Category Archives: Anticipated Death

The Mary Mac Show | Creating End of Life Choices

The Mary Mac Show Podcast

In Episode 91, we discuss the courageous act of developing a plan for what we would like to happen should we become ill, unable to care for ourselves, or die and the decisions that need to be made so our families know of our desires.

Talking about our end of life planning is not something that most of us considers.

It is uncomfortable and quite frankly, we usually don’t know where to start, even if we decided it was something that we should do.

Most times, something dramatic has taken place which stirs us to consider that it would be a wise decision to do so.

Perhaps someone in our lives died suddenly.

Perhaps someone has a serious diagnosis that might be terminal.

It is at these times that dealing with the subject of death becomes more relevant in our lives.

That’s not to say we like it. Absolutely not.

Most of us find it abhorrent that we need to deal with this issue.

But at some point, and hopefully sooner than later, we take on the uncomfortable task of thinking about a will, a do-not-resusitate order (DNR), a living will, and possibly a trust so that our loved ones will understand our wishes when our life nears its end.

In this episode we talk about these legal documents and help you start to engage in these difficult tasks that need decisions and must be attended to if you want your loved ones to know of your desires.

The last thing you want is to leave behind chaos when you die. It causes stress among the family members who must sort out what they think you wanted versus what you did want.

So please take the time to listen in to Episode 91.

Don’t be afraid of this difficult topic. You and your family will be so grateful you took the time and energy to lay out your wishes before you leave them.

Bless you!
xoxo

Additional Notes:

If you are ill or grieving a loved one’s death, take the time to research a hotline with trained counselors to speak with.

The very best individuals to connect with are those who are suffering your exact type of death. Go here.

If my podcast has helped you, I’d love for you to buy me a coffee to show your support! Thanks!

The Mary Mac Show | Conversations About Death and Dying

The Mary Mac Show Podcast

In Episode 90, we discuss the importance of speaking about death and dying preferably long before imminent death is upon our relatives and loved ones.

There is no doubt this is an uncomfortable topic, but one we need to discuss.

In this day and age, we have no idea when terminal illness and death will visit ourselves or our family.

And since so much is uncertain with variants of a virus that has consumed so much of the last year and a half, not to mention how the vaccine has killed people, we live in a specifically uncertain time.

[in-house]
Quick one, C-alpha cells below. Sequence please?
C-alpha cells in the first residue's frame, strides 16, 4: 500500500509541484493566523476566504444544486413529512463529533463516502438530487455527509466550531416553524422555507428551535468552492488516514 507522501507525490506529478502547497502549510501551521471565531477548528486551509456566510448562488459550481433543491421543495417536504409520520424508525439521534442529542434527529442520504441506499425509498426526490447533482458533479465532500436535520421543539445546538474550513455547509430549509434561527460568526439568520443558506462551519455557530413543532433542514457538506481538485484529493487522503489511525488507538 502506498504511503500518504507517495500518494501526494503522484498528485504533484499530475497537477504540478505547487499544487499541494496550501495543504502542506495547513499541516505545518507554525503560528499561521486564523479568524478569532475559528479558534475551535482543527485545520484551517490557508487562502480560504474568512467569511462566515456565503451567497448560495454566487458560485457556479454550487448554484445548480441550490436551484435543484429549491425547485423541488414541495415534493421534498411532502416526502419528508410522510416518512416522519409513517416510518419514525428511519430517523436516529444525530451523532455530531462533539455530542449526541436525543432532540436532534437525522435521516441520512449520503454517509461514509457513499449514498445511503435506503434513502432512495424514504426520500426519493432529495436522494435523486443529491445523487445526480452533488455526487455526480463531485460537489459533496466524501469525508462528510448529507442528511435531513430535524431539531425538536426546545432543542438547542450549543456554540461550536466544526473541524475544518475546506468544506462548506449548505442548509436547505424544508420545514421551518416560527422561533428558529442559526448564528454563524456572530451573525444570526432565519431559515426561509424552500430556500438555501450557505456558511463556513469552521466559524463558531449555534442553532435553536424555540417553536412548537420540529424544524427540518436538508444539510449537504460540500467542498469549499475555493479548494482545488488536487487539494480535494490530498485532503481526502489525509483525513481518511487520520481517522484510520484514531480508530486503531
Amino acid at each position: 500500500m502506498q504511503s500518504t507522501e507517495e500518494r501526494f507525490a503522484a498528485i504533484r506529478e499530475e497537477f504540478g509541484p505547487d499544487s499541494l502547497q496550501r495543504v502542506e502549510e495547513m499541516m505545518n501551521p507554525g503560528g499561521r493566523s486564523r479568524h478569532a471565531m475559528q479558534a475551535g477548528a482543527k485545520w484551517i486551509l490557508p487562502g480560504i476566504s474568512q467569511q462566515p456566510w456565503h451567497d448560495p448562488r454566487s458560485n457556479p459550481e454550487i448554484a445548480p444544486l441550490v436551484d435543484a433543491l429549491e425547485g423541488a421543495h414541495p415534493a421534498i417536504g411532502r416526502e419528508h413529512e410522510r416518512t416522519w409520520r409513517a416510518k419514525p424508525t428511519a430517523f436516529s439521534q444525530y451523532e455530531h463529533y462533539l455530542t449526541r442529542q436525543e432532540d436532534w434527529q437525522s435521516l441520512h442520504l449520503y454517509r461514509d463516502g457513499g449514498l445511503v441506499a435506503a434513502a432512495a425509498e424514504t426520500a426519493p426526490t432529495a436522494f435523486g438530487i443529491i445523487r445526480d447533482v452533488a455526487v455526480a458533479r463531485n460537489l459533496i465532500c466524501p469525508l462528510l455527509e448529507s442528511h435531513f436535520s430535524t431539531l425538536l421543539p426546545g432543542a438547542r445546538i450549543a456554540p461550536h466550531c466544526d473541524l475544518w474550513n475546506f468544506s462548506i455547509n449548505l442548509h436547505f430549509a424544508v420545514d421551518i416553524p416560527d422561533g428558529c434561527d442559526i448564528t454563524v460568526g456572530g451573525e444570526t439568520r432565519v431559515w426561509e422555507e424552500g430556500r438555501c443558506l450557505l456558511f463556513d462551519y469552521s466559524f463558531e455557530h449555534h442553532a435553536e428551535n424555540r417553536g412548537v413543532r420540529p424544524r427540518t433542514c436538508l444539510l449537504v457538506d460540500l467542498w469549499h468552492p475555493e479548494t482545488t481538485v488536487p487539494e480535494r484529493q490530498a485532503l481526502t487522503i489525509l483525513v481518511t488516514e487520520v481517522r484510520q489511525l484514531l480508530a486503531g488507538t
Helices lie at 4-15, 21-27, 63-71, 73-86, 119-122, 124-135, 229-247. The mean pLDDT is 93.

It is true that if we didn’t have to deal with this, we wouldn’t.

It is uncomfortable.

Many people find it hard to talk about death and dying.

We’d rather leave it up to someone else.

But don’t let fear stop you from truly connecting with someone you love during the end days.

Sometimes death comes very quickly and it would be sad if you hadn’t had a conversation around death long before it ever occurred in your relationship with them.

If you had this conversation when they were well, or when they were diagnosed with an illness, you would capture a very wonderful connection with them.

There would be no regrets.

You would have said all you’d like to say to someone who meant so much to you.

We don’t know what the future holds these days. Life is so fragile now.

Take the time to think about this.

If it’s too sensitive to speak all you want to say aloud, do so in writing.

Either way, your soul will be at peace and no matter what happens in the future, you are settled.

Personally, I am thinking about writing out letters to the most important people in my life to acknowledge those who have helped me, loved me and let them know how grateful I feel to have them in my life.

With all that’s happening in this world, we could leave this life in an instant.

Use the time you have to make a difference.

Love you.
xoxo

Additional Notes:

If you are ill or grieving a loved one’s death, take the time to research a hotline with trained counselors to speak with.

The very best individuals to connect with are those who are suffering your exact type of death. Go here.

If my podcast has helped you, I’d love for you to buy me a coffee to show your support! Thanks!

The Mary Mac Show | Death of a Spouse

The Mary Mac Show Podcast

In Episode 82, we discuss the challenges we face after the death of our husband or wife and how widows and widowers struggle to build a new life.

Widowhood is, by far, one of the most stressful and overwhelming losses we can experience.

Whether we have lost a husband or wife who was with us for a few years or decades, the relationship we shared with them was, more than likely, the most intimate one we had in our lifetime.

They spent more time with us than any other person.

While we feel a great bond to our children, our spouse is the one with whom we started our adult journey before our children were born.

And when they become adults and move onto their own lives, it is our spouse who is still next to us to live the remainder of our days.

Even if we divorce and remarry, that person is the one we share the majority of our waking hours with, apart from working.

We wake with them.

We go to sleep with them.

We enjoy all sorts of experiences with them.

They are our best friends who listen to us when we are sad, confused, angry, frustrated.

They hold us when we cry.

They console us when we are hurting.

They are our confidante, unlike any other.

So when they die, we are devastated.

And recovering from our grief is difficult and a long-term process.

Listen in to Episode 82 to learn what happens at the beginning of widowhood.

And remember, when it becomes overwhelming, do reach out to grief counselors at hotlines (see below) to listen and console you.

Sending you my love. xoxo

Additional Notes: